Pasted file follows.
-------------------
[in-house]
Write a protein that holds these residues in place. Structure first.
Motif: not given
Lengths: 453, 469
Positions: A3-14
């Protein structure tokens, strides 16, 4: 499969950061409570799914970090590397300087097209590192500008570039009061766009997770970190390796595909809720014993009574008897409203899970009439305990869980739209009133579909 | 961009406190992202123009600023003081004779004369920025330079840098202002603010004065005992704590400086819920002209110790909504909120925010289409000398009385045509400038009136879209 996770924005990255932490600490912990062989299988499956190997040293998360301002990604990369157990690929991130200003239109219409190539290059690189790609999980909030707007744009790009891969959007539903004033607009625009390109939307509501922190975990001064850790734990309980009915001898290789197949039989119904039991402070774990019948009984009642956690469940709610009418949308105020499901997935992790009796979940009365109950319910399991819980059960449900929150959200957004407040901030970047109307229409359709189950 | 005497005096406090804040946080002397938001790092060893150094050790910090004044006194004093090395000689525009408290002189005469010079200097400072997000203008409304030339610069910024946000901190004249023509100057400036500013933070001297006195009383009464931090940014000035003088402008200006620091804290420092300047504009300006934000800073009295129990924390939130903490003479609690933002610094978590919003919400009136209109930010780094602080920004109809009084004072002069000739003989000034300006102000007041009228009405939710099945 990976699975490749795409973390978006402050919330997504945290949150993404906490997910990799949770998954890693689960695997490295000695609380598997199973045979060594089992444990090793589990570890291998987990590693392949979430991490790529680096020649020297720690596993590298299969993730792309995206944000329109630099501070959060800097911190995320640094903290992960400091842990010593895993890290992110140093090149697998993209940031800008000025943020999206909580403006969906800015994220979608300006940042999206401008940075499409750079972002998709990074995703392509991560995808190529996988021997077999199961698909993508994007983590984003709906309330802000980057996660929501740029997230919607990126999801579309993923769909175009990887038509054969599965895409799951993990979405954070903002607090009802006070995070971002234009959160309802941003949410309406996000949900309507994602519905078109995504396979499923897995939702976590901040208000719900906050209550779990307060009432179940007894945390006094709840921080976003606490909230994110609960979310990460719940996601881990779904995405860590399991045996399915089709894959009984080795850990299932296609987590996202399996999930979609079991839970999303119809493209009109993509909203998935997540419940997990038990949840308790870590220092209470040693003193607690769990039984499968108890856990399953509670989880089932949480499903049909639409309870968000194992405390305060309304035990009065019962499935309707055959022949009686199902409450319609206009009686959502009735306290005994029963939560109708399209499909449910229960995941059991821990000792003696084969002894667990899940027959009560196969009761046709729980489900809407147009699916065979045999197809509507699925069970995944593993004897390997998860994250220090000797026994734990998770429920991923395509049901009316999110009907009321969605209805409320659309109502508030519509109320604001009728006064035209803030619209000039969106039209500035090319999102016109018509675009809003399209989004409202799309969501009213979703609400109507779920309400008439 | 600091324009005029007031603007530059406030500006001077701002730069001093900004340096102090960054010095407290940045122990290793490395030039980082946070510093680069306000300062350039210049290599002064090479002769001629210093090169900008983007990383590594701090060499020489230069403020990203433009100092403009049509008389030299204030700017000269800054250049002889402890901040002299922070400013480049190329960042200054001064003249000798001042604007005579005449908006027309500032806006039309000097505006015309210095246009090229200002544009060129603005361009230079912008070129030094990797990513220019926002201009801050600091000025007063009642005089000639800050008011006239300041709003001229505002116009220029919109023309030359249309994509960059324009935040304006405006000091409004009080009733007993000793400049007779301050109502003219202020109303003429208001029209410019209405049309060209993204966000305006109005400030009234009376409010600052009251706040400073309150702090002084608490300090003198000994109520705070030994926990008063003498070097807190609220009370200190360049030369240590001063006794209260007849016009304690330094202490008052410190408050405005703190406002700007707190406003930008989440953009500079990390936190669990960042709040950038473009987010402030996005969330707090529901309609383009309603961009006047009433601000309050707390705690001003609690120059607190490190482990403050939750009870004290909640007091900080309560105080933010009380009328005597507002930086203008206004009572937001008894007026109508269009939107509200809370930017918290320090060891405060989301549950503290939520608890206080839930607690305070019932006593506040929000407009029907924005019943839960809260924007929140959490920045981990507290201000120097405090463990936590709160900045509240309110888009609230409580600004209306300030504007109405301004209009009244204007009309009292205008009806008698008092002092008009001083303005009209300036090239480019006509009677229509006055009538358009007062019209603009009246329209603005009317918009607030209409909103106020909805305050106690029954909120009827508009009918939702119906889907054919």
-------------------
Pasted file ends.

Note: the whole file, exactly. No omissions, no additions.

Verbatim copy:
[in-house]
Write a protein that holds these residues in place. Structure first.
Motif: not given
Lengths: 453, 469
Positions: A3-14
């Protein structure tokens, strides 16, 4: 499969950061409570799914970090590397300087097209590192500008570039009061766009997770970190390796595909809720014993009574008897409203899970009439305990869980739209009133579909 | 961009406190992202123009600023003081004779004369920025330079840098202002603010004065005992704590400086819920002209110790909504909120925010289409000398009385045509400038009136879209 996770924005990255932490600490912990062989299988499956190997040293998360301002990604990369157990690929991130200003239109219409190539290059690189790609999980909030707007744009790009891969959007539903004033607009625009390109939307509501922190975990001064850790734990309980009915001898290789197949039989119904039991402070774990019948009984009642956690469940709610009418949308105020499901997935992790009796979940009365109950319910399991819980059960449900929150959200957004407040901030970047109307229409359709189950 | 005497005096406090804040946080002397938001790092060893150094050790910090004044006194004093090395000689525009408290002189005469010079200097400072997000203008409304030339610069910024946000901190004249023509100057400036500013933070001297006195009383009464931090940014000035003088402008200006620091804290420092300047504009300006934000800073009295129990924390939130903490003479609690933002610094978590919003919400009136209109930010780094602080920004109809009084004072002069000739003989000034300006102000007041009228009405939710099945 990976699975490749795409973390978006402050919330997504945290949150993404906490997910990799949770998954890693689960695997490295000695609380598997199973045979060594089992444990090793589990570890291998987990590693392949979430991490790529680096020649020297720690596993590298299969993730792309995206944000329109630099501070959060800097911190995320640094903290992960400091842990010593895993890290992110140093090149697998993209940031800008000025943020999206909580403006969906800015994220979608300006940042999206401008940075499409750079972002998709990074995703392509991560995808190529996988021997077999199961698909993508994007983590984003709906309330802000980057996660929501740029997230919607990126999801579309993923769909175009990887038509054969599965895409799951993990979405954070903002607090009802006070995070971002234009959160309802941003949410309406996000949900309507994602519905078109995504396979499923897995939702976590901040208000719900906050209550779990307060009432179940007894945390006094709840921080976003606490909230994110609960979310990460719940996601881990779904995405860590399991045996399915089709894959009984080795850990299932296609987590996202399996999930979609079991839970999303119809493209009109993509909203998935997540419940997990038990949840308790870590220092209470040693003193607690769990039984499968108890856990399953509670989880089932949480499903049909639409309870968000194992405390305060309304035990009065019962499935309707055959022949009686199902409450319609206009009686959502009735306290005994029963939560109708399209499909449910229960995941059991821990000792003696084969002894667990899940027959009560196969009761046709729980489900809407147009699916065979045999197809509507699925069970995944593993004897390997998860994250220090000797026994734990998770429920991923395509049901009316999110009907009321969605209805409320659309109502508030519509109320604001009728006064035209803030619209000039969106039209500035090319999102016109018509675009809003399209989004409202799309969501009213979703609400109507779920309400008439 | 600091324009005029007031603007530059406030500006001077701002730069001093900004340096102090960054010095407290940045122990290793490395030039980082946070510093680069306000300062350039210049290599002064090479002769001629210093090169900008983007990383590594701090060499020489230069403020990203433009100092403009049509008389030299204030700017000269800054250049002889402890901040002299922070400013480049190329960042200054001064003249000798001042604007005579005449908006027309500032806006039309000097505006015309210095246009090229200002544009060129603005361009230079912008070129030094990797990513220019926002201009801050600091000025007063009642005089000639800050008011006239300041709003001229505002116009220029919109023309030359249309994509960059324009935040304006405006000091409004009080009733007993000793400049007779301050109502003219202020109303003429208001029209410019209405049309060209993204966000305006109005400030009234009376409010600052009251706040400073309150702090002084608490300090003198000994109520705070030994926990008063003498070097807190609220009370200190360049030369240590001063006794209260007849016009304690330094202490008052410190408050405005703190406002700007707190406003930008989440953009500079990390936190669990960042709040950038473009987010402030996005969330707090529901309609383009309603961009006047009433601000309050707390705690001003609690120059607190490190482990403050939750009870004290909640007091900080309560105080933010009380009328005597507002930086203008206004009572937001008894007026109508269009939107509200809370930017918290320090060891405060989301549950503290939520608890206080839930607690305070019932006593506040929000407009029907924005019943839960809260924007929140959490920045981990507290201000120097405090463990936590709160900045509240309110888009609230409580600004209306300030504007109405301004209009009244204007009309009292205008009806008698008092002092008009001083303005009209300036090239480019006509009677229509006055009538358009007062019209603009009246329209603005009317918009607030209409909103106020909805305050106690029954909120009827508009009918939702119906889907054919």